“I didn’t necessarily play that badly last week. I feel like if I play similarly this week, I might have a good chance to win,” McIlroy said. “I think when you play in conditions like that, it magnifies parts of your game that maybe don’t stack up quite as good as the rest of your game, and it magnified a couple of things for me that I worked on over the weekend.”

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    Sunday run at Shinnecock gave Reed even more confidence

    By Will GrayJune 20, 2018, 9:08 pm

    CROMWELL, Conn. – While many big names are just coming around to the notion that the Travelers Championship is worth adding to the schedule, Patrick Reed has been making TPC River Highlands one of his favorite haunts for years.

    Reed will make his seventh straight appearance outside Hartford, where he tied for fifth last year and was T-11 the year before that. He is eager to get back to the grind after a stressful week at the U.S. Open, both because of his past success here and because it will offer him a chance to build on a near-miss at Shinnecock Hills.

    Reed started the final round three shots off the lead, but he quickly stormed toward the top of the leaderboard and became one of Brooks Koepka’s chief threats after birdies on five of his first seven holes. Reed couldn’t maintain the momentum in the middle of the round, carding three subsequent bogeys, and ultimately tied for fourth.


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    It was a bittersweet result, but Reed is focusing on the positives after taking a couple days to reflect.

    “If you would have told me that I had a chance to win coming down Sunday, I would have been pleased,” Reed said. “I felt like I just made too many careless mistakes towards the end, and because of that, you’re not going to win at any major making careless mistakes, especially on Sunday.”

    Reed broke through for his first major title at the Masters, and he has now finished fourth or better in three straight majors dating back to a runner-up at the PGA last summer. With another chance to add to that record next month in Scotland, he hopes to carry the energy from last week’s close call into this week’s event on a course where he feels right at home.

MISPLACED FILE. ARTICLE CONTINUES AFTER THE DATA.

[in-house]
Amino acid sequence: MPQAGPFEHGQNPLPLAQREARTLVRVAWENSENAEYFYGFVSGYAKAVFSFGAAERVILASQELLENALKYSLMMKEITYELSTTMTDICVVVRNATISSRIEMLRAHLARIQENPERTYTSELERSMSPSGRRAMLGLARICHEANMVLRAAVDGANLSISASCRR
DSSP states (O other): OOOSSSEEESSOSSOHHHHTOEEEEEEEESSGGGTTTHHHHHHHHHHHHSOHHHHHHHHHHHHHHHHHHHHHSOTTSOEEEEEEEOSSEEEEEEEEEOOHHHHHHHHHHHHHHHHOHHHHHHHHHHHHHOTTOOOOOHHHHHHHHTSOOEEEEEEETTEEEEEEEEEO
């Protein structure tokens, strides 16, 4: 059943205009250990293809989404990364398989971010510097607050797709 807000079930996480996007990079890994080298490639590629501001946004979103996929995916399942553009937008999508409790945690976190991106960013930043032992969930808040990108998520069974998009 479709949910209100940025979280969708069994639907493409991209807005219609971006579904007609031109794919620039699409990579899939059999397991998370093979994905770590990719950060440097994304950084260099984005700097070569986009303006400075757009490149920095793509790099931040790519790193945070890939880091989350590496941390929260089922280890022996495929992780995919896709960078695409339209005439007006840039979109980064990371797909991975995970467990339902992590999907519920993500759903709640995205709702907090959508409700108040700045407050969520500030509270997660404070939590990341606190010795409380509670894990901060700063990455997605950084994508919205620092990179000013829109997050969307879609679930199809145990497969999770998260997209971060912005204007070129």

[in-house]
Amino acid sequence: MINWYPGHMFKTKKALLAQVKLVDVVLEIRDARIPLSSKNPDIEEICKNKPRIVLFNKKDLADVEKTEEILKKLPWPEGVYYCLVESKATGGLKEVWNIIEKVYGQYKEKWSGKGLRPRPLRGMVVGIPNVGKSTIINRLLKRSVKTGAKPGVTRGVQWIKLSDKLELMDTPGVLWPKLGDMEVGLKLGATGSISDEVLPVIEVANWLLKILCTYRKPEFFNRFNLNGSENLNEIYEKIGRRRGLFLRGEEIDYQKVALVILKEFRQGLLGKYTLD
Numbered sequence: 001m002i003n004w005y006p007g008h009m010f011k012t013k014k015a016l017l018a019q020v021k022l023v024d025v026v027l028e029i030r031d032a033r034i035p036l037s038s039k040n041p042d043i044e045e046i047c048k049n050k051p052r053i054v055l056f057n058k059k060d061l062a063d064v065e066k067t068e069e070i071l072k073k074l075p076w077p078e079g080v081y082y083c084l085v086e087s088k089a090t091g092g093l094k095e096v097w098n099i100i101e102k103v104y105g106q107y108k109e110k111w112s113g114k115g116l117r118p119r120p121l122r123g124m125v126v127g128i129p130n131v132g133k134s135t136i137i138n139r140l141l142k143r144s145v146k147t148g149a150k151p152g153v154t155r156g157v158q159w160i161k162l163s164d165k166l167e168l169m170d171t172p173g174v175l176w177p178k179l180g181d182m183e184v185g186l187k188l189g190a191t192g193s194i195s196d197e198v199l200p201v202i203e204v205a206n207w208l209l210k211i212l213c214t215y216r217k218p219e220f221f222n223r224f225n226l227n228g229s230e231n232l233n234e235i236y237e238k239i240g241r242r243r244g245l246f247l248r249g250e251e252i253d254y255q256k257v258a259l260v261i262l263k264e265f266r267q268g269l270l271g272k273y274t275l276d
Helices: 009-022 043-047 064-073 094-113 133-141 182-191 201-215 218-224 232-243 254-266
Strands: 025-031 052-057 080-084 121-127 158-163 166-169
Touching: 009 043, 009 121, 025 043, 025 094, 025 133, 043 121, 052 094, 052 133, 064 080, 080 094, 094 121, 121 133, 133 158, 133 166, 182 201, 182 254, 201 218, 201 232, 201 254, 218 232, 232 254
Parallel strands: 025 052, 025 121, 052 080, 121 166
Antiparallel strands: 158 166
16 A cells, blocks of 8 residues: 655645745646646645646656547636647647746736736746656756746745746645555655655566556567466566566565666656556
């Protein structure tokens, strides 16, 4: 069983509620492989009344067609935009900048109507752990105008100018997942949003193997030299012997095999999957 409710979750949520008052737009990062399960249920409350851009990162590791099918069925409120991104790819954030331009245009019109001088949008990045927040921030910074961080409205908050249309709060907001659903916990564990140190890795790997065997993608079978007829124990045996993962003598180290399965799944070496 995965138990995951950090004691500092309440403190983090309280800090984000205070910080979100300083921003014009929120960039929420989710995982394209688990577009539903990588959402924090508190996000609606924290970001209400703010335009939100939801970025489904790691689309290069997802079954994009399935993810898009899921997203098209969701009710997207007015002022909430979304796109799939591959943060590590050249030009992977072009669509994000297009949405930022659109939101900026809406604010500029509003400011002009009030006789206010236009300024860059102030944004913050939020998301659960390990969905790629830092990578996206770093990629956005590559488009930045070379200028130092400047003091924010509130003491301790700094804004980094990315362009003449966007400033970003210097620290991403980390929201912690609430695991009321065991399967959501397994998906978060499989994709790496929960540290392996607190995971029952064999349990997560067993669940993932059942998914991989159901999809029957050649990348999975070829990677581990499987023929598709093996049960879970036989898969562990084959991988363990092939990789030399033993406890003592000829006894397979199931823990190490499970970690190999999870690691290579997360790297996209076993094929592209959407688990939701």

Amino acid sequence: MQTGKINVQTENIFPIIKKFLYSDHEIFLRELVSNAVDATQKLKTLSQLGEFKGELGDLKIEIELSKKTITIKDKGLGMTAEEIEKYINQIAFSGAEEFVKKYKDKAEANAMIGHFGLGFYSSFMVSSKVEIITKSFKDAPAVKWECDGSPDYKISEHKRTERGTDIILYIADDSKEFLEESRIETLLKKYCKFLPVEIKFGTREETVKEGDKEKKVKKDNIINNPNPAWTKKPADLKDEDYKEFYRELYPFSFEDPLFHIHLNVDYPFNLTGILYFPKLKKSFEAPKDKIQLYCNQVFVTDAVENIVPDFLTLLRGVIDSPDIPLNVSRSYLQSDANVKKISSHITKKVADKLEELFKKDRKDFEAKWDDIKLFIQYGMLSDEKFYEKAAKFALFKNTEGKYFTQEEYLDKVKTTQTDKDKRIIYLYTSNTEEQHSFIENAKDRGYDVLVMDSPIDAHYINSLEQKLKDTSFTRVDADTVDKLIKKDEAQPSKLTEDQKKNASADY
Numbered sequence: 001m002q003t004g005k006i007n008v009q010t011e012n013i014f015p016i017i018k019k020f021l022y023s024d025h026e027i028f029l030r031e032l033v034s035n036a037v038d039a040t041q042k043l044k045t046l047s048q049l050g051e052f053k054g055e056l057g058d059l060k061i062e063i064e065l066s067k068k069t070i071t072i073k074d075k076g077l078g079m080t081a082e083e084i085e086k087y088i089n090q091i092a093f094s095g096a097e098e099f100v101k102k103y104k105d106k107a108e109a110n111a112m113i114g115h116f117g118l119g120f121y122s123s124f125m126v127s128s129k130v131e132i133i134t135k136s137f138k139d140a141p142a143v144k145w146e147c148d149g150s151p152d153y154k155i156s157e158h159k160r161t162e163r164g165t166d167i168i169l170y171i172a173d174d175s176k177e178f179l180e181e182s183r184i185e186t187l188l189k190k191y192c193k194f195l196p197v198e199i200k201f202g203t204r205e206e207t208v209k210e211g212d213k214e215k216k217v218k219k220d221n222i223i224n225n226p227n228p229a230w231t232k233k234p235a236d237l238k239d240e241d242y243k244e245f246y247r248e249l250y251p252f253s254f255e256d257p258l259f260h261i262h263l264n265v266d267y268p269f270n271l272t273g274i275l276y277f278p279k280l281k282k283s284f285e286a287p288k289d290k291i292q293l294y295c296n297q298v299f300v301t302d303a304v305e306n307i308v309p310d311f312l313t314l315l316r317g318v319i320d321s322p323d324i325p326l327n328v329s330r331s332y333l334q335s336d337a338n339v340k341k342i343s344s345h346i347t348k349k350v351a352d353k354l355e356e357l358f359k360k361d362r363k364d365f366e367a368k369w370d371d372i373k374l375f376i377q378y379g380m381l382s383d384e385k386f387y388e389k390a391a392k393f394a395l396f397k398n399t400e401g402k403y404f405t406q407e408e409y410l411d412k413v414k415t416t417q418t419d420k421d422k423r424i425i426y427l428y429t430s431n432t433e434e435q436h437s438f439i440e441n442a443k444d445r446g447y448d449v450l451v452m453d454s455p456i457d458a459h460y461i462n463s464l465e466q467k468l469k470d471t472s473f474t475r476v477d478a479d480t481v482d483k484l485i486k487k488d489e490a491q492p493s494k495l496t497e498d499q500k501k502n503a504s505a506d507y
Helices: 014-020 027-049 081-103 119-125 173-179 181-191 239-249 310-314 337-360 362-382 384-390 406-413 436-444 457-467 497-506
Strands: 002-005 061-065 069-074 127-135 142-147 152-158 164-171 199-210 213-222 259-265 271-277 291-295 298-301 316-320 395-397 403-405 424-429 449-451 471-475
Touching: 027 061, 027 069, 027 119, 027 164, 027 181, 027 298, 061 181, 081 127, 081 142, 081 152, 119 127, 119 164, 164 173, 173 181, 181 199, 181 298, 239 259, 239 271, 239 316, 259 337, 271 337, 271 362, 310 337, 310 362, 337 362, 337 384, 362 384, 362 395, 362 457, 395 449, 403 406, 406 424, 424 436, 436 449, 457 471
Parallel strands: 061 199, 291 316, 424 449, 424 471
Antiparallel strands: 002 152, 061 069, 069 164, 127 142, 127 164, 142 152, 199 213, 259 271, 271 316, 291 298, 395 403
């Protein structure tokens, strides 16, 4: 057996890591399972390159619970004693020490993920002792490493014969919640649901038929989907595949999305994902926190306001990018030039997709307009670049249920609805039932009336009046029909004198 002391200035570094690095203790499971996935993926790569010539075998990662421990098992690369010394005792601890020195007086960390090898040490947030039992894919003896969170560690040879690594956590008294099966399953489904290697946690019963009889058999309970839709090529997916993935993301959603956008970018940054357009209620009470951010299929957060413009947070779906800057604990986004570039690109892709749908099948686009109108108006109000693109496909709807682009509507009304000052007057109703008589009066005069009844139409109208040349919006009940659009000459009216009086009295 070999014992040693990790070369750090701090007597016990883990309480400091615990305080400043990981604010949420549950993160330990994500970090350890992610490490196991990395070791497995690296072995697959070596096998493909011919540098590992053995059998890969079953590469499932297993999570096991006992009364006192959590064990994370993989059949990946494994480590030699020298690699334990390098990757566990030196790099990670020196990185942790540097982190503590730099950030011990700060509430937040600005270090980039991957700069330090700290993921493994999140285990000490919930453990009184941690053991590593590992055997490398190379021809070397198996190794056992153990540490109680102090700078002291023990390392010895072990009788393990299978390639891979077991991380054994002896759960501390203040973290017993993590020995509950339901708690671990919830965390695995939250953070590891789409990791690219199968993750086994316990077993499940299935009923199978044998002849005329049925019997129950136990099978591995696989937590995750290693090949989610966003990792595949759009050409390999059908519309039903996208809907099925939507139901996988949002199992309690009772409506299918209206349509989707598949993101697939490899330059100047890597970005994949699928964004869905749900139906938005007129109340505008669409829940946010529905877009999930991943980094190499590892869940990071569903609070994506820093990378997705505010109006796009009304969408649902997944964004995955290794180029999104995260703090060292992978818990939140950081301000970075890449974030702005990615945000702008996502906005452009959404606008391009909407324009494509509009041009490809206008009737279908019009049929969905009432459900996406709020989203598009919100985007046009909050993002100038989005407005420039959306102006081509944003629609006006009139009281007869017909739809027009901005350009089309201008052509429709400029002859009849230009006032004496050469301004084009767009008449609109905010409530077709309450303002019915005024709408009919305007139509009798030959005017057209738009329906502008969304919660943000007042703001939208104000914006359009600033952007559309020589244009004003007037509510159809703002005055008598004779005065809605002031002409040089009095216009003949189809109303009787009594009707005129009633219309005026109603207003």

“It just gives me confidence, more than anything,” Reed said. “Of course I would have loved to have closed it out and win, but it was a great week all in all, and there’s a lot of stuff I can take from it moving forward. That’s how I’m looking at it.”

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    Koepka back to work, looking to add to trophy collection

    By Will GrayJune 20, 2018, 8:53 pm

    CROMWELL, Conn. – Days after ensuring the U.S. Open trophy remained in his possession for another year, Brooks Koepka went back to work.

    Koepka flew home to Florida after successfully defending his title at Shinnecock Hills, celebrating the victory Monday night with Dustin Johnson, Paulina Gretzky, swing coach Claude Harmon III and a handful of close friends. But he didn’t fully unwind because of a decision to honor his commitment to the Travelers Championship, becoming the first player to tee it up the week after a U.S. Open win since Justin Rose in 2013.

    Koepka withdrew from the Travelers pro-am, but he flew north to Connecticut on Wednesday and arrived to TPC River Highlands around 3 p.m., quickly heading to the driving range to get in a light practice session.

    “It still hasn’t sunk in, to be honest with you,” Koepka said. “I’m still focused on this week. It was just like, ‘All right, if I can get through this week, then I’m going to be hanging with my buddies next week.’ I know then maybe it’ll sink in, and I’ll get to reflect on it a little bit more.”


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    Koepka’s plans next week with friends in Boston meant this week’s event outside Hartford made logistical sense. But he was also motivated to play this week because, plainly, he hasn’t had that many playing opportunities this year after missing nearly four months with a wrist injury.

    “I’ve had so many months at home being on the couch. I don’t need to spend any more time on the couch,” Koepka said. “As far as skipping, it never crossed my mind.”

    Koepka’s legacy was undoubtedly bolstered by his win at Shinnecock, as he became the first player in nearly 30 years to successfully defend a U.S. Open title. But he has only one other PGA Tour win to his credit, that being the 2015 Waste Management Phoenix Open, and his goal for the rest of the season is to make 2018 his first year with multiple trophies on the mantle.

    “If you’re out here for more than probably 15 events, it gives you a little better chance to win a couple times. Being on the sidelines isn’t fun,” Koepka said. “Keep doing what we’re doing and just try to win multiple times every year. I feel like I have the talent. I just never did it for whatever reason. Always felt like we ran into a buzzsaw. So just keep plugging away.”